All-new twin turbo-hybrid Toyota Tundra "born from invincibility"
Toyota has been dragging its feet when it comes to committing to pure-electric vehicles, but it's long been a hybrid leader. So while the full-size pickup truck competition is starting to go electric, Toyota is biding its time with a stop at hybrid power. It's not a half-hearted effort, though, as the twin-turbo V6 hybrid powertrain on the all-new 2022 Tundra is the powerful range-topper. The third-generation Tundra also adds a raft of other tech upgrades, including a robust standard driver-assistance package, a new 14-in infotainment system and an upgraded suspension with adaptive damping.
Usually a line like "born from invincibility" is pure marketing b.s., but in the case of the Toyota Tundra, it does come with some backing evidence. Beyond sharing its lineage with some of the most relied-upon, go-everywhere vehicles of all time, most notably the Land Cruiser, the Tundra itself has been known to make it all the way to the million-mile mark. It's not quite immortally "invincible," but it's absolutely engineered to keep pushing onward, no matter what type of ground surface stretches out in front of the tires.
That grille, though. We've long admired the strong, geometric grille lines on the Tundra and Tacoma – rugged and prominent without becoming oversized or ungainly. That admiration ends today with the introduction of way too much grille on this new-generation Tundra. Toyota continues its love affair with the front grille (can't forget this air-vacuuming monster) by stretching the new Tundra's mouth out to below the headlamps, highlighting it in certain variants with a thick, heavy metal surround, and deleting the bottom of that surround so that the black mesh bleeds into the black bumper. It's the same kind of jowly front-end treatment Toyota gave the 4Runner, and it's a big step down from the current-generation Tundra face, in our opinion.
The remainder of the new Tundra design is a more modest evolution from the Gen-2, gaining more definition and strength at the wheel arches, hood and lower sides. The glasshouse shows a modern, wraparound look courtesy of black-out A-pillars and hockey-stick metal trim on some models.
The new Tundra won't win any beauty contests, but that's not really what it's about . The third-generation truck gets plenty of upgrades to improve its role as a rugged, powerful work/adventure multitool. Toyota leaves the big, inefficient V8 behind in favor of a new twin-turbo 3.5-liter V6 and 10-speed automatic transmission that team for up to 389 hp and 479 lb-ft (649 Nm) of torque, up from the 5.7-liter V8's 381 hp and 401 lb-ft (544 Nm). Without offering mpg estimates, Toyota says that the new twin-turbo V6 is highly efficient, so we expect some marked improvements on the current Tundra's dismal 13-mpg city/17-mpg highway EPA figures.
Those looking to further improve efficiency can pair the V6 and 10-speed with an i-Force Max electric motor-generator system that comes in a bell housing between the V6 and transmission. The hybrid system pushes max output up to 437 hp at 5,200 rpm and 583 lb-ft (790 Nm) at 2,400 rpm, offering low-speed EV driving for city use, boosted torque low in the rpm range for off-roading, and responsive linear power delivery during highway driving. Battery power comes stored in a nickel-metal-hydride pack tucked below the rear seats.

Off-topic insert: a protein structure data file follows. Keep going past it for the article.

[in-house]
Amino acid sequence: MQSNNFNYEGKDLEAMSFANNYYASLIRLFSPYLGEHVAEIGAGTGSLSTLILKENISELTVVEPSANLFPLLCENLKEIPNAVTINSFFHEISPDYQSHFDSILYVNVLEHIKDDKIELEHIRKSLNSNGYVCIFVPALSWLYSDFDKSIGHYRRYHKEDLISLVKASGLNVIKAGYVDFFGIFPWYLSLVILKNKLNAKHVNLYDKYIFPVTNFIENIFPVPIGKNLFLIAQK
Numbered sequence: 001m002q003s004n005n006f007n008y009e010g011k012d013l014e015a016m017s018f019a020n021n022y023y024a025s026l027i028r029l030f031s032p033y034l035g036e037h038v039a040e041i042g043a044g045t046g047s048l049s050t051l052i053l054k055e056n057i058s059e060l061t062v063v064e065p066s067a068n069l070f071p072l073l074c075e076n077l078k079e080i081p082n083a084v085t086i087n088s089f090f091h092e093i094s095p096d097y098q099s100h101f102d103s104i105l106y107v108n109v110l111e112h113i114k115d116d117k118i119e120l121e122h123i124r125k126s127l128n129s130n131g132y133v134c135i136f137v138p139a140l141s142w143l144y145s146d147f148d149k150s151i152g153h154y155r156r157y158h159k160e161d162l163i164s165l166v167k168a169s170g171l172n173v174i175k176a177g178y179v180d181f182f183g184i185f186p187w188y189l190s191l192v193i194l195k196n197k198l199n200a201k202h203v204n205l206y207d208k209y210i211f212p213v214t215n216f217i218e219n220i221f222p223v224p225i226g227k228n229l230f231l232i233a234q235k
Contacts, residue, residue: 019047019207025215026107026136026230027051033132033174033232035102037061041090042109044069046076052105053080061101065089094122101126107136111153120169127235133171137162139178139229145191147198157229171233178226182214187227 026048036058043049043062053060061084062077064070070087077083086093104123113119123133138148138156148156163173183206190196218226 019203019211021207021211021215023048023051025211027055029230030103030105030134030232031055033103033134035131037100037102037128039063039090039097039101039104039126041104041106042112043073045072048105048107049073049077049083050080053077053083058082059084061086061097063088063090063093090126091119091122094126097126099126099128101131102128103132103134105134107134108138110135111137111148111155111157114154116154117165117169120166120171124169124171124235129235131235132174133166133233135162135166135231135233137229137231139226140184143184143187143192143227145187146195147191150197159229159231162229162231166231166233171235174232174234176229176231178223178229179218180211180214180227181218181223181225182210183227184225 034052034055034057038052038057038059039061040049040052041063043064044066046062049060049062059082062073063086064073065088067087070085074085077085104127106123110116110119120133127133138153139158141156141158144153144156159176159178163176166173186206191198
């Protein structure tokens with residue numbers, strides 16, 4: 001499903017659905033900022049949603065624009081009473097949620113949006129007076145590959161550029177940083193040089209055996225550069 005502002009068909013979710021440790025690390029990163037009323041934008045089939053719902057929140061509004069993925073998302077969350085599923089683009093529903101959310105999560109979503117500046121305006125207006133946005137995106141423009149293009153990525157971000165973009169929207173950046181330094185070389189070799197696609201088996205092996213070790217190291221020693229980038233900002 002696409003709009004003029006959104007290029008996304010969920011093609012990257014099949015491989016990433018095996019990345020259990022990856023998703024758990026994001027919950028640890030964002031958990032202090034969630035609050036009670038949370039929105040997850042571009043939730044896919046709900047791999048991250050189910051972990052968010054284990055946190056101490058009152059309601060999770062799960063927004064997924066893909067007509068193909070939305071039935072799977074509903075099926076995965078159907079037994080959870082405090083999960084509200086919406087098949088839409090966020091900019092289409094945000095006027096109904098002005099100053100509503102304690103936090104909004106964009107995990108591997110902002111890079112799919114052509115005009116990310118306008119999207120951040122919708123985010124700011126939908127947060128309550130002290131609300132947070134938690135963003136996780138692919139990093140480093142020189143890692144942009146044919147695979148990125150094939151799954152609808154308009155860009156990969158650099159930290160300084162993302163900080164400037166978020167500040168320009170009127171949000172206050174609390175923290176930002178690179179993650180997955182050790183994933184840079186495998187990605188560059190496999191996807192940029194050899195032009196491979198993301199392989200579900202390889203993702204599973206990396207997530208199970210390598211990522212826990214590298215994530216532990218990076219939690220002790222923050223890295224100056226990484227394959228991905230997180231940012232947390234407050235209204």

The Tundra comes built atop a new high-strength boxed steel ladder frame and does its hauling in an aluminum-reinforced composite bed. Below that bed, Toyota pulls out the aged leaf springs, swapping in a coil-sprung multi-link suspension system. Toyota credits the new suspension with helping to increase max towing by over 17 percent to an even 12,000 lb (5,440 kg) and payload to 1,940 lb (880 kg). Both the rear and the front double-wishbone suspensions come standard with twin-tube shocks, and TRD versions feature shocks from Bilstein and Fox. A newly available rear air suspension system features three height seatings and leveling functionality, and a new adaptive damping system available for the first time on the Tundra adjusts damping to current road or ground conditions.
Boosting safety, the Toyota Safety Sense 2.5 driver-assistance suite comes standard across the entire Tundra line. Highlights of the package include Dynamic Radar Cruise Control, Lane Tracing Assist with corrective steering, and Pre-Collision System with pedestrian detection.
Inside, the Tundra debuts Toyota's new Audio Multimedia system with an improved HMI (human-machine interface) that encompasses sight, touch and voice control. The system comes with an 8-in or available 14-in touch display and includes a physical knob for good old fashioned grab-and-twist volume control. The 14-in touchscreen works seamlessly to show feeds from the available rear, side and front-view cameras, assisting in identifying off-road obstacles and keeping an eye on an in-tow trailer.
The new Tundra will come in a number of sizes and trims, including a newly available CrewMax cab with 6.5-foot bed configuration that allows buyers to enjoy the most spacious interior and a large bed. The new TRD Pro will only be offered with the i-Max Force hybrid powertrain, which will be available as an option on Limited, Platinum and 1794 trims.
Toyota will begin assembly of the 2022 Tundra at its San Antonio manufacturing plant later this year. It will release pricing closer to launch.